Charlie, It's amazing How good you can make a cigar sound. I like Davidoff but I'd prefer their fuller body/strengh stuff than their Classic line. But from your review, I almost have to run out and buy a box. The best mild-cigar review I've ever read. Keep up the great work. John
Review: Davidoff Classic No. 1
I’ve made it no secret that I’m a fan of Davidoff. Lanceros? I like those too. Perhaps my favorite Davidoff of all time? The Classic No. 2. Easily one of the best cigars featured on the site and in the market. Davidoff makes four cigars as part of the “Classic” series, a No. 1, the No. 2, the No.3 and Ambassadrice, a tiny 4 1/2 x 26 in the Señorita Format.
- Name: Davidoff Classic Series No. 1
- Vitola: Lancero
- Size: 7 1/2 x 38
- Wrapper: Ecuadorian Connecticut
- Binder: Dominica
- Filler: Dominican
- Country: Dominican Republic
- Factory: TABADOM (Davidoff Factory)
- MSRP: $17.80 (Boxes of 5, $89; Boxes of 10, $178; Boxes of 25, $445)
- Source: Buckhead Cigar Club LLC ($90ish, box of 5)
- Time in Humidor: 2 1/2 Months
- Cut: Xikar Xi3
- Light: Colibri Boss II
- Beverage: Coke
- Smoking Time: 1 Hour 45 Minutes
While the Cohiba Lancero, created by Avelino Lara as the original format for what started as Fidel Castro’s personal cigar, was created in 1964, it was not commercially available until 1984. In 1967, the El Laguito factory opened, and two years later, Davidoff introduced the world to the first Lancero, the Davidoff No. 1. The 7 1/2 x 38 pig-tailed format would become known as El Laguito No. 1, the standard for Lanceros to this day. Davidoff originally only had three sizes in its early days in Cuba: the No. 1, the No. 2 and the Ambassarice. Davidoff would leave Cuba in 1991, making their first Dominican cigars at TABADOM in 1990, including what would become known as the Classic line.
It’s the classic cafe colored wrapper you expect from a Davidoff. Impeccably rolled with heavy veins on the Ecuadorian Connecticut. Aroma has a velvet characteristic with leather, touches of cocoa and brewed coffee making up the full profile. It’s a bit soft to the touch, and rolled to a happy medium in terms of tightness. The foot of the Classic No. 1 gives off a lot of grass over cocoa and coffee with bits of caramel sweeting the full flavor.
Pigtail gone. It’s a sweet brownie-like cocoa with lots of cocoa and a bit of red wine, once again full. Cold draw is awesome with a chocolate cake like flavor mixed with earth over bits of spice, orange peel and red wine hints. Lighting produces a musty-like very strong toasty grass. It starts with a toasty chocolate, bittering to an almost gasoline-hinted earth (it was odd.) Finish is a building sweet nuts that lasts for minutes. The draw is open, flavor is medium-full and finish is long.
The Classic No. 1 starts as Davidoff’s core. Lots of grassy notes are combined with cinnamon, earth and touches of spice to make up the medium flavor profile. I’m a bit shocked it’s only at medium, but it’s still quite enjoyable. Cinnamon and paprika are the dominating forces of the finish over a sweet earth, it’s medium full and long with decent richness. Draw is right where you want it to be, a bit of resistance up front and then a blast of smoke. Above is a picture of the light grey ash, which becomes a discussion point later on, the cigar has split creating a shark’s mouth, apparently good luck in the DR.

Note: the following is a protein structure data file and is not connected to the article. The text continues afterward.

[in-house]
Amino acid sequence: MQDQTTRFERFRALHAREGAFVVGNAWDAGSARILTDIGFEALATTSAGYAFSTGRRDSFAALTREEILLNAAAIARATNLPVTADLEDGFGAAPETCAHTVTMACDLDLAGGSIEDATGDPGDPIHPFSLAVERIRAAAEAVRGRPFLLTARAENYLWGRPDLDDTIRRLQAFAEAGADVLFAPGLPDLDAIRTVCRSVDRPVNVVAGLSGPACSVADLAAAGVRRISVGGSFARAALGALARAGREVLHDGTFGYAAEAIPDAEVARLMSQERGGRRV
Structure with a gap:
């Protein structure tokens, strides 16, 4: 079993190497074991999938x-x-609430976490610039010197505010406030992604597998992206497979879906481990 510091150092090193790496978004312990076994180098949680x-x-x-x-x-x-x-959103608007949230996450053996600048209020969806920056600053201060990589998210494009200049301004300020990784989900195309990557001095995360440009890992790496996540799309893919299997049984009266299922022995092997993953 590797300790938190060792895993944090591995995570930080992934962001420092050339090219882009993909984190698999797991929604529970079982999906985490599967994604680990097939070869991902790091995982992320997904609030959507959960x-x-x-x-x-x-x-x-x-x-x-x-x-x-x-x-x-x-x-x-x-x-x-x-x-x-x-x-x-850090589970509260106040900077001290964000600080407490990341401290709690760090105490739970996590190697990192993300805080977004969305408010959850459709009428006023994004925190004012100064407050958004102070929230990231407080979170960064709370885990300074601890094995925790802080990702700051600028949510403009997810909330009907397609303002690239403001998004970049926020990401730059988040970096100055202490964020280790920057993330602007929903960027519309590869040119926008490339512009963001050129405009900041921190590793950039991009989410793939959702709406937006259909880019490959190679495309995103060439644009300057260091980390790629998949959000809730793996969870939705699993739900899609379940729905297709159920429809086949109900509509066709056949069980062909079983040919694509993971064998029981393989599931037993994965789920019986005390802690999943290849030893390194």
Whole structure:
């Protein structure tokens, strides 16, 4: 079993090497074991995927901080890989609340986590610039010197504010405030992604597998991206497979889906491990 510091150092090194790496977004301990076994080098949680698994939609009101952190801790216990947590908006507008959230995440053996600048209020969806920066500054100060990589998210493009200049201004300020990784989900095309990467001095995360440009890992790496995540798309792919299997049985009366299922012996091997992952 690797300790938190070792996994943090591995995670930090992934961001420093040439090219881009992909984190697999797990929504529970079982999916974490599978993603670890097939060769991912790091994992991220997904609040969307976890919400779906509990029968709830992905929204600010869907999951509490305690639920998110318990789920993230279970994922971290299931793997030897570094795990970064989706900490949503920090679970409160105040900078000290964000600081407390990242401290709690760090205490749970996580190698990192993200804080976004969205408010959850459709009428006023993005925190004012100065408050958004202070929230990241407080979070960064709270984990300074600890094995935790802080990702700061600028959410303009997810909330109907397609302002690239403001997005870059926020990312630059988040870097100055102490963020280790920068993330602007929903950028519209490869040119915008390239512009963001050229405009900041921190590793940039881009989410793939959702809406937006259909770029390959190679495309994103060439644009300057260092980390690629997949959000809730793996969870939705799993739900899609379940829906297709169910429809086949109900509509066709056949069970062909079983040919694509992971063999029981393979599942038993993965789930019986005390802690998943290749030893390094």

While the core of the Davidoff might be nuts and earth, lots of spices surround the flavor keeping it rather exciting. Coffee makes an appearance at the half-way mark, complimenting the full flavor quite well. The finish seems to be a bit less than the aforementioned, it’s spices, earth and grass; medium and lengthy. Everything else is nearly identical to the first third: perfect draw, awesome amounts of smoke, including a toasty aroma, mild strength, a good burn and then the ash. For whatever reason, all three Davidoff’s I smoked had some of the flakiest and lightest (in terms of weight and strength) ash I’ve ever seen. It continues to fall all over the place creating an absolute mess.
Nuts, coffee and a soft spice are the top of the final third, which is just as full as the middle portion. An oak characteristic joins the nuts, along with coffee and toasty grass to create a full and lengthy finish that reminds me of the AVO Heritage. The rest of the cigar continues, the meticulousness of Henke Kelner’s TABADOM factory on display as the Davidoff No. 1s remain nearly identical from cigar to cigar. The ash was noticeably off on two of them, which is my largest complain as it is simply annoying. With a bit less than an inch, I set the El Laguito No. 1 down, about the point where nothing more can come out of this.
For the Novice
This is the quickest burning Lancero I’ve smoked, ever. All of them took less than ninety minutes with me puffing nowhere close to a minute a puff (closer to two minutes a puff at least.) The Davidoff Classic No. 1 was incredibly quick, which for a novice smoker might be a bit problematic as it requires some expertise in nursing so that this doesn’t turn into an hour long smoke. Strength-wise? Nothing more than mild. Flavor? A bit complex. It’s not the ideal smoke for a novice, but it’s not a bad choice. Novice approved.
In the End
I like the Classic No. 2 better, a lot better. The No. 1 is undoubtedly a very good cigar, but it doesn’t have the full flavor and full body that really sets the No. 2 apart. Don’t get me wrong, it’s still full flavor and full-bodied, but not to the extent of the Corona. From every aspect, this is what you would expect as a typical Davidoff Lancero. It’s got the flavor, the aroma, the consistency – all Davidoff.
86. Enjoyable for yours truly, but not for the non-Davidoff fan.